The COVID-19 era has been characterized by countless surprises: Real estate booms, a sourdough craze, and now a drastic increase in the number of new startups entering the market.
That’s right: During a time when it would otherwise appear risky to start a business, more entrepreneurs have decided to get started on building a company of their own than in any recent year. Lockdowns gave many of us pause for thought. Time to consider what really makes us happy, and whether our current career is as fulfilling as we’d like. Many people have decided to take the leap towards their dreams. Others have made the best out of a bad situation (like being let go from their jobs), and charted a new path of their own.
In the United States, the number of new businesses started in 2020 rose by 24% from the year prior. This represents the largest increase ever in history. And while some of those businesses might have begun as a short-term solution (i.e. to make ends meet during a time of unemployment), there is great potential for many to transition into a long-term venture. Today we’re going to take a look at the most important factors to consider when launching a business during the pandemic.
Many successful business ventures begin in answer to a problem. Businesses launched during COVID tend to share this in common as well. They’re filling in the gaps presented by a largely mobile workforce, or an overwhelmed health care system. But the key to longevity lies in understanding whether the problem your company solves will still exist once COVID is over. In fact, many of the most successful COVID startups have developed solutions that speak to problems that existed pre-COVID but have just been amplified by the pandemic.
Begin by looking at data from 2019 and earlier. Would your business have added value during this time? Next, take a look at what changed during COVID in order to make your business offering relevant. Post-COVID, will this need still exist?
Know your customers
42% of failed startups cite a lack of market demand as the reason for their demise. Once you have an understanding of how the relevance of your offering will stand post-COVID, make time to get well acquainted with your customers. Identify how their needs will change once the pandemic is over and seek out ways to enhance your offering to meet those new needs. In order to maintain long-term success, your business needs to serve a passionate group of customers who will stay with you into the future.
Pivot when necessary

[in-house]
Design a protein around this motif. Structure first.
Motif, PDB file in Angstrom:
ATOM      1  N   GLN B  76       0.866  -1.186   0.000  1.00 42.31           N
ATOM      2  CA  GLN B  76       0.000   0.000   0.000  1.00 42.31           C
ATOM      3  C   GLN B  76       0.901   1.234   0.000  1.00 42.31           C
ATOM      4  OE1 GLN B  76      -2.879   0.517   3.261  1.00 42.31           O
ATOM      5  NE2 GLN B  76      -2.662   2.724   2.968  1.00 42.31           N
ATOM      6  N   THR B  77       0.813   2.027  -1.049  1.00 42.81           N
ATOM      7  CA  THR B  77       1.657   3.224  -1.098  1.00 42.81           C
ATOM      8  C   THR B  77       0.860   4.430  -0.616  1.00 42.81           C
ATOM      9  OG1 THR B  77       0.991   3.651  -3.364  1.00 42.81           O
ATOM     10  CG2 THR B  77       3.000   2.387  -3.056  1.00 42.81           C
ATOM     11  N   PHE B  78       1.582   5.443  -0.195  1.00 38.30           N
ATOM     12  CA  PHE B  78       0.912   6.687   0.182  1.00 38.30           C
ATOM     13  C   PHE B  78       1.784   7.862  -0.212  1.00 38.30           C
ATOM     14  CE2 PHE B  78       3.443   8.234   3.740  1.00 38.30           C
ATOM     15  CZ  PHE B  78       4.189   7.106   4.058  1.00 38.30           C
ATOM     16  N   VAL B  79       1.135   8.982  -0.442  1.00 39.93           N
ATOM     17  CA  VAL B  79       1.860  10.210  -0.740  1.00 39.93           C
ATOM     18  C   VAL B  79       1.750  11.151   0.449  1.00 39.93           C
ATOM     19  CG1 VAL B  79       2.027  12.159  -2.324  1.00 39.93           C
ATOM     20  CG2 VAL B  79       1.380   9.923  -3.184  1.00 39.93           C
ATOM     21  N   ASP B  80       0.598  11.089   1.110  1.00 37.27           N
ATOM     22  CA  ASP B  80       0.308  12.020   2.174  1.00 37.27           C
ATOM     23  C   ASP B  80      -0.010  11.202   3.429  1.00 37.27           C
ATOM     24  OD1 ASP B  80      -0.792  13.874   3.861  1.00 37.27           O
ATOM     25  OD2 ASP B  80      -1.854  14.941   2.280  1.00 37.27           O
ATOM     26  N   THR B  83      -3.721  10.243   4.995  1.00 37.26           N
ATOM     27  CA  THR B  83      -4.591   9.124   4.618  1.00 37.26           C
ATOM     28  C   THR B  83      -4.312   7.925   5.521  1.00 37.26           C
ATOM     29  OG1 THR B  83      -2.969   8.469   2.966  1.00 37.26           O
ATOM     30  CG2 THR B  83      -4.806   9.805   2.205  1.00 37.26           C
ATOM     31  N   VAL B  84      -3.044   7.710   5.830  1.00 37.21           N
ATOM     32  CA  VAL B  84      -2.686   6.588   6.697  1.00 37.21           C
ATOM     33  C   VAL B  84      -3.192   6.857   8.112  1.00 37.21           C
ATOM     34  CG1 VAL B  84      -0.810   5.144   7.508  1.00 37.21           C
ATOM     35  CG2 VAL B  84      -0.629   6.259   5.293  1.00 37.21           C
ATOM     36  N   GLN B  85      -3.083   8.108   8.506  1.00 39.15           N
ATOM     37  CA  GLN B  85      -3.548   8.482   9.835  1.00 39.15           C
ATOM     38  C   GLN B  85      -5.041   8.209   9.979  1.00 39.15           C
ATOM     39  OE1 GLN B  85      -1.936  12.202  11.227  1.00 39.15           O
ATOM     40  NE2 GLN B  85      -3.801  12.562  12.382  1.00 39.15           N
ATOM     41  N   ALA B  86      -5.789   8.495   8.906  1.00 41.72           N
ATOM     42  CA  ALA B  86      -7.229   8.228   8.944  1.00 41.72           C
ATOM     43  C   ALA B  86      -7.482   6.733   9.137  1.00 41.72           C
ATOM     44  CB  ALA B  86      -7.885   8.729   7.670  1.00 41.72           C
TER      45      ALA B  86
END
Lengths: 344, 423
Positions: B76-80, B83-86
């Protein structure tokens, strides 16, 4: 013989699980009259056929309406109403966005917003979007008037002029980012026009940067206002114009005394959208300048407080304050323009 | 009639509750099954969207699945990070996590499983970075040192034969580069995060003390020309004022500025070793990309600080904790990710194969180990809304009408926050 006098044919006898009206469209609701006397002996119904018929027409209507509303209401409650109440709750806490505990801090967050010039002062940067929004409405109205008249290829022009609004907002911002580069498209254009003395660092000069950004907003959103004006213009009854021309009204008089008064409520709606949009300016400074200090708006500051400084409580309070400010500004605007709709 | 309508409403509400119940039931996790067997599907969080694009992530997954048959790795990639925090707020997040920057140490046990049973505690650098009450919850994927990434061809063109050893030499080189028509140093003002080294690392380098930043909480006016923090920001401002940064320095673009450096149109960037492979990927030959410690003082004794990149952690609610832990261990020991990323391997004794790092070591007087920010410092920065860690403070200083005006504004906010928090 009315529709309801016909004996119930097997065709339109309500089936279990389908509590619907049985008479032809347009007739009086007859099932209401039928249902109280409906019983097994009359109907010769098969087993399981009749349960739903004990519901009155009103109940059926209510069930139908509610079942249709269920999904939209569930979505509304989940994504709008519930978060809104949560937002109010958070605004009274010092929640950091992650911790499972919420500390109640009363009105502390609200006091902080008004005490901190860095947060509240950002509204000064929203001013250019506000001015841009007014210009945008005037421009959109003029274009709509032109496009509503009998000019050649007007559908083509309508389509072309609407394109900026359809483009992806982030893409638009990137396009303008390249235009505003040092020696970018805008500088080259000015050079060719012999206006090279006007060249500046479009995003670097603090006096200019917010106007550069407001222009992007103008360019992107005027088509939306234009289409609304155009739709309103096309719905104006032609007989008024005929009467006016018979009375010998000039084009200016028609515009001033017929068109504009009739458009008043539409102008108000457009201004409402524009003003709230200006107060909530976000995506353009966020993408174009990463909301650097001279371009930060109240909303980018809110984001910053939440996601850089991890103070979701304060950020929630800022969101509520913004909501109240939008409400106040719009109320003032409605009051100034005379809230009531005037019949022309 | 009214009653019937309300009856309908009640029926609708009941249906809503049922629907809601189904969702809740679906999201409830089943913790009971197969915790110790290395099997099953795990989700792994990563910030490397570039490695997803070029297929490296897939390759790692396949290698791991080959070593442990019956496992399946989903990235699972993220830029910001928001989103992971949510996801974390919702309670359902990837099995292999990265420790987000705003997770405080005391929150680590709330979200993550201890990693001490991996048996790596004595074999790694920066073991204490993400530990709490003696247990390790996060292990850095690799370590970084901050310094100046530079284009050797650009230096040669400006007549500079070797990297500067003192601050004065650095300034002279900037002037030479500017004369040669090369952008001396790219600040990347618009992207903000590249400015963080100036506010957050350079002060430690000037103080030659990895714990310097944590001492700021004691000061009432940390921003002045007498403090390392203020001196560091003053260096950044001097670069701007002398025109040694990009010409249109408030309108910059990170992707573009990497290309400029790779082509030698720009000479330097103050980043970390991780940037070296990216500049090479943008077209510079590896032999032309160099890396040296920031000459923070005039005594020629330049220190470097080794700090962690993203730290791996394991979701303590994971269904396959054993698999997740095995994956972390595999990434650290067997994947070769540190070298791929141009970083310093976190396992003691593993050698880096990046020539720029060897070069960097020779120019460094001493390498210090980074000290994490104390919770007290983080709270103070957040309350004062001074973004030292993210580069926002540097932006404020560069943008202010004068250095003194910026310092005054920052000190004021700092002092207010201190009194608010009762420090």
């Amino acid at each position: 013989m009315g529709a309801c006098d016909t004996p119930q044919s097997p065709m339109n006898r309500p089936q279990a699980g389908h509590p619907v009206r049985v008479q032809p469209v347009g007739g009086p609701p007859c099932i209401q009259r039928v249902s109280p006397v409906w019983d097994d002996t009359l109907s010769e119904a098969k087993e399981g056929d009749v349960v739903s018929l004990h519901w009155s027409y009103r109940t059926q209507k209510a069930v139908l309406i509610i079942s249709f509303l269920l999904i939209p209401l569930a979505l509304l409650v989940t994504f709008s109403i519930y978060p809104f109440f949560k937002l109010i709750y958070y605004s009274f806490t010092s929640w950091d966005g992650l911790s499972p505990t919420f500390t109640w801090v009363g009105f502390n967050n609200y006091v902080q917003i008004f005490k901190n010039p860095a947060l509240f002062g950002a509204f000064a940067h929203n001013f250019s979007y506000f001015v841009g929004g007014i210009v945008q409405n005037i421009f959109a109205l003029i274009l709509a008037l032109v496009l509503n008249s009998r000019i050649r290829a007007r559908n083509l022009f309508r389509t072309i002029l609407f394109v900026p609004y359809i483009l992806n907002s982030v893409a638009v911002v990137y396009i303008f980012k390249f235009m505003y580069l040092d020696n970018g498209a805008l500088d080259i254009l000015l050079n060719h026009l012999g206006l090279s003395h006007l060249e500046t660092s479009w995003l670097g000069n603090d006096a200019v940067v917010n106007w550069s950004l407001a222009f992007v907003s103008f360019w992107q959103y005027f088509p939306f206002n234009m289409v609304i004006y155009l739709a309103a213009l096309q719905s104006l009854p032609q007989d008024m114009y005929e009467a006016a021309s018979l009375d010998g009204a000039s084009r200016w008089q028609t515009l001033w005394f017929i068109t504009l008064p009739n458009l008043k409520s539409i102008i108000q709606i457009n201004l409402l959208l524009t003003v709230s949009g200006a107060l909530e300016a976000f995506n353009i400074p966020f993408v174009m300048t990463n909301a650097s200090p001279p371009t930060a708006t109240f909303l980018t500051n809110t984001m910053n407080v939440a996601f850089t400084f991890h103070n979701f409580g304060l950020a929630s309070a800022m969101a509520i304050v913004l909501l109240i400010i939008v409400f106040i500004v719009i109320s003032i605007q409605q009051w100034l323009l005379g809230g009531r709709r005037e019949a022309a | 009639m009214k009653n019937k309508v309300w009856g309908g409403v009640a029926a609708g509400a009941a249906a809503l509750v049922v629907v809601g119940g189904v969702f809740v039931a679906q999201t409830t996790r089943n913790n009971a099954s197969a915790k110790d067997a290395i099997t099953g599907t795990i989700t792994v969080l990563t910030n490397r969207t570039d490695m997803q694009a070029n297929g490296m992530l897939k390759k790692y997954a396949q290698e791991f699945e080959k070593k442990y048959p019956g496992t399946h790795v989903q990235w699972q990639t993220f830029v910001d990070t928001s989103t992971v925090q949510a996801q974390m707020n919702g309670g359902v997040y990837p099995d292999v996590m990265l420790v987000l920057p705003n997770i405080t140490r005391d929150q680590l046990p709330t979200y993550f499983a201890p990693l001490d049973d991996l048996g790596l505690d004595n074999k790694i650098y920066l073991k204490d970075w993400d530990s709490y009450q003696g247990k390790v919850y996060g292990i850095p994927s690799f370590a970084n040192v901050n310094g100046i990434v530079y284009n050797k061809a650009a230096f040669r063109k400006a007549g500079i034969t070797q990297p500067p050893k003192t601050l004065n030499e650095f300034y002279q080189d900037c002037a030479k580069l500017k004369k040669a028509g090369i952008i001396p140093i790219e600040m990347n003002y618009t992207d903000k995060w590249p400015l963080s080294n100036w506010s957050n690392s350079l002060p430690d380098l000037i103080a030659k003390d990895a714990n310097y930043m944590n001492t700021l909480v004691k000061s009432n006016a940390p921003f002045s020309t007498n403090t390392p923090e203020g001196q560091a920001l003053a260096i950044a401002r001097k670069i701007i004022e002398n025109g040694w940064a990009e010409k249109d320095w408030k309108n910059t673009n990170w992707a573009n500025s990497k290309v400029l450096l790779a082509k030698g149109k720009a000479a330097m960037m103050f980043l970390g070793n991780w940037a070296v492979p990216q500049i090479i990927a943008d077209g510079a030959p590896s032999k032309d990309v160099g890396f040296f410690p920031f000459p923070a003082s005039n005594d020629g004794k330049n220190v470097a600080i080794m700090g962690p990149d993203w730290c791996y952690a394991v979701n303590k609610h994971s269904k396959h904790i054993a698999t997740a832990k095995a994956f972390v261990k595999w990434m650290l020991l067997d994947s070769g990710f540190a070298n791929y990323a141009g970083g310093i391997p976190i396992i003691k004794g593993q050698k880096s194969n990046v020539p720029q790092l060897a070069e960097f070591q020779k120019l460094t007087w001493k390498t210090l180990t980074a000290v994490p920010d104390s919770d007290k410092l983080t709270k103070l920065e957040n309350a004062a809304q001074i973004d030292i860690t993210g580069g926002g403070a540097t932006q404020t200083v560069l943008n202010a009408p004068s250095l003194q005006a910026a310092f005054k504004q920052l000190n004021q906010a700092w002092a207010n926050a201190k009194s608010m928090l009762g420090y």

If you identify a potential problem with the future relevance of your offering, don’t be afraid to pivot. Remember, even consistently making 1 degree turns can significantly influence the direction of your company. You don’t need to dive in and change everything right away. Just keep an eye on the road ahead and make adjustments before you reach the problem.
Establish a structure
One of the most common mistakes entrepreneurs make is failing to structure the business in a manner that supports growth. Working with a trusted advisor like Zeifmans can help you to understand the best model to suit your company’s unique needs. Let’s take a brief look at some options:
A sole proprietorship is the easiest and simplest way to start a business. Costs are minimal, and there is very little paperwork to be done. All income or loss from the operation is reported on your personal income tax return.
That being said, sole proprietorship does expose entrepreneurs to personal liability, and if business is profitable then the entrepreneur will be subject to a much higher rate of tax than would be payable by a corporation. For businesses that are still in the growth phase and needing to re-invest profit back into the business, this taxation may become a serious issue.
Once a sole proprietorship expands its operations, it is often desirable to bring a partner on board. A partnership usually begins with a legal contract that summarizes the terms, including profit-sharing and the rights and obligations of the partners.
Similar to a sole proprietorship, a partnership is not a separate legal entity, and as such the partners remain personally exposed to business risks. All profits and losses need to be reported on the partners’ personal tax return at the agreed upon profit sharing rates, which again limits the partners’ ability to re-invest the money in the growth of the business.